I'm very happy to put the last 24 hours behind me.


Tuesday, May 31, 2011

5/31/2011 Tough Love

I got a call from Dave today as I was driving from work to pick up the kids, and had to interrupt a precious call with my mother.

"Just to warn you," he said, "the boys are in SERIOUS trouble today."

When I arrived at the CDC, I talked at length with the CDC Director about (mostly) Gabriel's trangressions, trying to contain my increasing irritation and frustration. Gabriel had ignored a fire drill, threw rocks at another kid, and had threatened to take off and just walk home. Any one of those by themselves is a major transgression. Three together, and where do you even start?

Julian's offenses were more typical: disobeying and disrupting, but nothing as serious as throwing rocks at kids.

I keep hearing from other grownups about how they wouldn't have dared to defy their parents, because of the threat of The Belt. For the first time, I told Dave on the phone, "That's it, this time, Gabriel really needs it." This isn't the first time we've dealt with Gabriel disobeying during a fire drill, but it is the first time we've dealt with throwing rocks at other kids, and in the same day.

I didn't say anything to Gabriel on the way home, instead telling him in low, curt tones to put his lunch away, wash his hands, and meet me upstairs. Dave got home early to deal with this too, and we quickly formed a plan: while I talked to Gabriel in our room, Dave would put away every single toy he has. We agreed that my talk with Gabriel would include a demonstration.

Dave started emptying toys from Gabriel's shelves, while I confronted Gabriel in our room. I first asked him if what we'd heard was true, and he said yes, with concern but without fear. I have to hand it to him -- he knew he was in serious doo-doo, but he still didn't lie or try to duck out.

Then I stepped it up and told him sternly that throwing rocks at kids and disobeying during fire drills is absolutely, completely, totally NOT ALLOWED. With no opportunity for explanation or excuse, I went into my closet and emerged with a belt. I explained that this is what parents used to do all the time to disobedient kids. I smacked it across a bench and told him that it would hurt. I then told him I was going to show him how it felt, and instructed him to pull his pants down and lie down on the bed.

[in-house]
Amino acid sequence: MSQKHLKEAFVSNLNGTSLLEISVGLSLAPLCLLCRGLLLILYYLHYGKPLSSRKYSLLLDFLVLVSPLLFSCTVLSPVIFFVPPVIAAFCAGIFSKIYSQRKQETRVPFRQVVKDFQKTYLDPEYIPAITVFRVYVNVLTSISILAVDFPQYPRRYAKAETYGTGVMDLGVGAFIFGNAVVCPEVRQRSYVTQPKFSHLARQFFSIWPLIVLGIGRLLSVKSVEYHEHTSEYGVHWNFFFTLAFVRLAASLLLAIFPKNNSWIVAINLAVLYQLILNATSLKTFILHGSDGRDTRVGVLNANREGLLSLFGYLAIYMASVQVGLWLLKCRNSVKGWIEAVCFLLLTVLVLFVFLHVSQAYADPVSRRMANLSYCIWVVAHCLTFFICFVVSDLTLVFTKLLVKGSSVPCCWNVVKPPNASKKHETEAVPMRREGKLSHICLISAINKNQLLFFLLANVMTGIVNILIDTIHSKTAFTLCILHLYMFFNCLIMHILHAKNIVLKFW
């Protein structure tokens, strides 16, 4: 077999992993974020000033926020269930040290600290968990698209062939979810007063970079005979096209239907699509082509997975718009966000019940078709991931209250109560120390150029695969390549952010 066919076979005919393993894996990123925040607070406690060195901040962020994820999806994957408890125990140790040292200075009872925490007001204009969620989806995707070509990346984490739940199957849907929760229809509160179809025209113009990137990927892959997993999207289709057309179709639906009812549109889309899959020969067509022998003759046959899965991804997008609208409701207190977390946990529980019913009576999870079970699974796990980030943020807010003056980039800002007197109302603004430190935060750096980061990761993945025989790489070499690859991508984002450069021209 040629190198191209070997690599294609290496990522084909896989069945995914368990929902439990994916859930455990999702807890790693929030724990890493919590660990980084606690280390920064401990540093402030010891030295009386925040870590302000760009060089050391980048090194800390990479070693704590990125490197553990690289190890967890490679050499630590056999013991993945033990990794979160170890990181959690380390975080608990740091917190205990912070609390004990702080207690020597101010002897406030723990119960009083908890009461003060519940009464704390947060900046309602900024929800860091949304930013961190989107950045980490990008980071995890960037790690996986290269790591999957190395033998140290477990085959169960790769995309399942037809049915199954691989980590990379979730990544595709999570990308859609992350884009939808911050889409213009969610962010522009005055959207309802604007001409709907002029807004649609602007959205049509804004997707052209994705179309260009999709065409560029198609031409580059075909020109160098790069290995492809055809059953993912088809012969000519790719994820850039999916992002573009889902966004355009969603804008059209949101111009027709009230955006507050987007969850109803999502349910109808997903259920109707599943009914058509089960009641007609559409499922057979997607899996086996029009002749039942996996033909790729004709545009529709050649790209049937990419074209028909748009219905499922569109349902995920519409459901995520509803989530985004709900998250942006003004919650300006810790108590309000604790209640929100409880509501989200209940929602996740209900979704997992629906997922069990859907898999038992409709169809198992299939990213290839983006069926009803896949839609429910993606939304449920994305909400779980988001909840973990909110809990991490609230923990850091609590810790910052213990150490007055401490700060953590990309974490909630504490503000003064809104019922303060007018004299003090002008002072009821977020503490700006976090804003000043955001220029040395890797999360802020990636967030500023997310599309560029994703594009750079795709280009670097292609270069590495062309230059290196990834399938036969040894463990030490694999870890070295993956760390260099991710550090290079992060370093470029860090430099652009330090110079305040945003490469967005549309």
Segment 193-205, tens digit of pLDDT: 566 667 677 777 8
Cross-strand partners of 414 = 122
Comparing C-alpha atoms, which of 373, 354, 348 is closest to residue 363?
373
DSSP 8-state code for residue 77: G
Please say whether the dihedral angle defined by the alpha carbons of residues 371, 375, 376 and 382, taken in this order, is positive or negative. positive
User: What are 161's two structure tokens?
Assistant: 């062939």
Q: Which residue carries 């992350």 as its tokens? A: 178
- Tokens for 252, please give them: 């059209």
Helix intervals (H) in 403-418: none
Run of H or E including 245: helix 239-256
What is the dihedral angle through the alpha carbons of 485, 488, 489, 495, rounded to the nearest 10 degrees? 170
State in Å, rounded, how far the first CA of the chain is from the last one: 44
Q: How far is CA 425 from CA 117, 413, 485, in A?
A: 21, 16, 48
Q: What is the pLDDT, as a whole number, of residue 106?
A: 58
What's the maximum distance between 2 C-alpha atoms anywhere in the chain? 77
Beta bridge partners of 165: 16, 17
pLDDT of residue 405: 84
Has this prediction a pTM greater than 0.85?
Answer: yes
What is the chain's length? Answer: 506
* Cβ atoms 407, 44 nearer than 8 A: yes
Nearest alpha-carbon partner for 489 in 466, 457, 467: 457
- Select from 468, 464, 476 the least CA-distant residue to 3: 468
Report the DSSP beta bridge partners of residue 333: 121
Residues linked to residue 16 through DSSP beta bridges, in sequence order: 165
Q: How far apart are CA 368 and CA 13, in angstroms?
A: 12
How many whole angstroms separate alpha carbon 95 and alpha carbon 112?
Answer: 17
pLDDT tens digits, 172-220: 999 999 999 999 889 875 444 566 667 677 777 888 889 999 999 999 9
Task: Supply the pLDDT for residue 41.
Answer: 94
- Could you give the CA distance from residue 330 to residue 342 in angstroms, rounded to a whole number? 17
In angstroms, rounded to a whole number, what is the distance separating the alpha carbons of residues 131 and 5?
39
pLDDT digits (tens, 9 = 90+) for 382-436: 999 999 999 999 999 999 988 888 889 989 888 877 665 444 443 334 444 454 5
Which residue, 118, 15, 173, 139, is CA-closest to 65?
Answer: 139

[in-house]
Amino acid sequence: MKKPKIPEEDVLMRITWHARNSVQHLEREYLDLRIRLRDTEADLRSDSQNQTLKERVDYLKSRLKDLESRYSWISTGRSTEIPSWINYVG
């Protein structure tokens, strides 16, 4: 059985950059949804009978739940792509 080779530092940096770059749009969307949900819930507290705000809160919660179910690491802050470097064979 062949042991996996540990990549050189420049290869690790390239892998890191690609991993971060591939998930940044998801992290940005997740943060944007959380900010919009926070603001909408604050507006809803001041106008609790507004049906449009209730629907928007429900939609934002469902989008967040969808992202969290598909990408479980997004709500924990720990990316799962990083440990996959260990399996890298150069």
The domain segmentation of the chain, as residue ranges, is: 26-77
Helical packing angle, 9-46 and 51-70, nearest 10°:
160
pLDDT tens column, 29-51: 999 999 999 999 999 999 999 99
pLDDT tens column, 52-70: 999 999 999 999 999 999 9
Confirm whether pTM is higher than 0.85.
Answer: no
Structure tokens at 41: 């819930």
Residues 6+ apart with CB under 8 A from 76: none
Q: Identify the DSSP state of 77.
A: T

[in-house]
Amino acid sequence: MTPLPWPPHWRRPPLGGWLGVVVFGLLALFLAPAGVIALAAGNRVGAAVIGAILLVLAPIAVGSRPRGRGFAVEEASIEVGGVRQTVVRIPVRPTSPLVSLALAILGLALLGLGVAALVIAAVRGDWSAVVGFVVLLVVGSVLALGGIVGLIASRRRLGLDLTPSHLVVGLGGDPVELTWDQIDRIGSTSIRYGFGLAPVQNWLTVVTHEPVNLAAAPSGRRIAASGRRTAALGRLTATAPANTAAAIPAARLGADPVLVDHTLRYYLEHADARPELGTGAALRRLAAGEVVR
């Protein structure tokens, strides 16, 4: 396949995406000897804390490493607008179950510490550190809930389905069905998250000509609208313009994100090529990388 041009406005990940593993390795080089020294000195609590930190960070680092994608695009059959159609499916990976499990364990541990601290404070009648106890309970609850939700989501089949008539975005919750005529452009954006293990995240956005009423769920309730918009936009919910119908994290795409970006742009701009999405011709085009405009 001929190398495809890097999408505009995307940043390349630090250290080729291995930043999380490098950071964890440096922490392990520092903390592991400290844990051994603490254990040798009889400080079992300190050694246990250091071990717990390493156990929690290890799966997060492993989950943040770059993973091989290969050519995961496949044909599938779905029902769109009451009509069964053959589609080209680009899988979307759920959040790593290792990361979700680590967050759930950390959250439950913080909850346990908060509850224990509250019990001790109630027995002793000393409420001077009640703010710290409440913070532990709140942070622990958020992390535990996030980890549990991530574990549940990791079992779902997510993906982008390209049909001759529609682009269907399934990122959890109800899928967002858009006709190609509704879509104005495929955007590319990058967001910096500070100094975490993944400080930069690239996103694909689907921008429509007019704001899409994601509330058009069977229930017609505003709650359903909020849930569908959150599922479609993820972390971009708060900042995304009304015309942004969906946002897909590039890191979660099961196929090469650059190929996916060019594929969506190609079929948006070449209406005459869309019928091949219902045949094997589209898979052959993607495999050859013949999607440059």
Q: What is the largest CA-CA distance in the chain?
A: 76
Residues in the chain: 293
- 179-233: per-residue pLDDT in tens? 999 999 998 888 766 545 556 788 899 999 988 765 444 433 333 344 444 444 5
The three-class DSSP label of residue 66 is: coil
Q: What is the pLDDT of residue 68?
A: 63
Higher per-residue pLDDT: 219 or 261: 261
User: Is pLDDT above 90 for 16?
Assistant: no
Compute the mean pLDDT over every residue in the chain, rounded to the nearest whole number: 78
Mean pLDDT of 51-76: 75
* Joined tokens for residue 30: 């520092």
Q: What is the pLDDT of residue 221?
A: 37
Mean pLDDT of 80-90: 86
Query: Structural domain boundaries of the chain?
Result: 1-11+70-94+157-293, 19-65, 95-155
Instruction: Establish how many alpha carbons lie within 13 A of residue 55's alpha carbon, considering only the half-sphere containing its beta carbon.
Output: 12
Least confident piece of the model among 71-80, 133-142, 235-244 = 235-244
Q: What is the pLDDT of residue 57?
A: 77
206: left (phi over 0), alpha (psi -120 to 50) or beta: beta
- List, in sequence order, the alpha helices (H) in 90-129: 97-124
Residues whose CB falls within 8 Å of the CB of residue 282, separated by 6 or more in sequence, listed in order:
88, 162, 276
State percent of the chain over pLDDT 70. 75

Gabriel's face clouded over with anger and upset over what he saw was going to happen. "OK MOM," he said defiantly, "I'LL SAY I'M SORRY." I didn't waver -- appear to waver -- and repeated my instructions. He lay down, I told him to move his hands protecting his rear end, then raised mine with the belt, and then smacked the end of the 1" leather across his bare rear end. He didn't react at first, then he leapt up suddenly and screamed at the top of his lungs.

It was an out-of-body experience for me. Did I really just take a leather belt to my son's bare bottom?? Am I that kind of parent? Or am I a regular parent who's been pushed too far? What will the alternative crowd say? What will the traditional crowd say? Has either ever actually been pushed this far?

In truth, the actual impact was pretty minor. The real impact was in the shock value, and with that, I think I succeeded. He was really shaken.

But I succeeded in reaching him even more after leaving him alone for a few moments, then returning to explain to him firmly that all his toys were being put away. He was horrified, but still calm from the overall shock if the situation.

I sat down next to him with genuine dejection. "I don't know what to do, Gabriel. I just can't teach you that you must do what you're told sometimes. Maybe a military boarding-school camp can help, because I just can't seem to do it."

I told him how much I hate to waste our precious time together talking about his bad behavior, instead of hanging together. I told him that there's nothing I love more than being with him and talking to him, but instead here I am talking about his throwing rocks at other kids. I told him that I'm responsible for him, and that sometimes means doing things I hate, like whacking him with a belt or being apart from him. I told him I'm responsible for his behavior and responsible for how the other kids' mother feels.

I sent him to his now-empty room, locked myself in a bathroom, and cried.

It occurred to me that everyone I know who's remembered The Belt as a child hasn't actually used it as a parent. Even those that did in the Olden Days did so because that was just what was done -- not because they were dealing with a truly difficult child.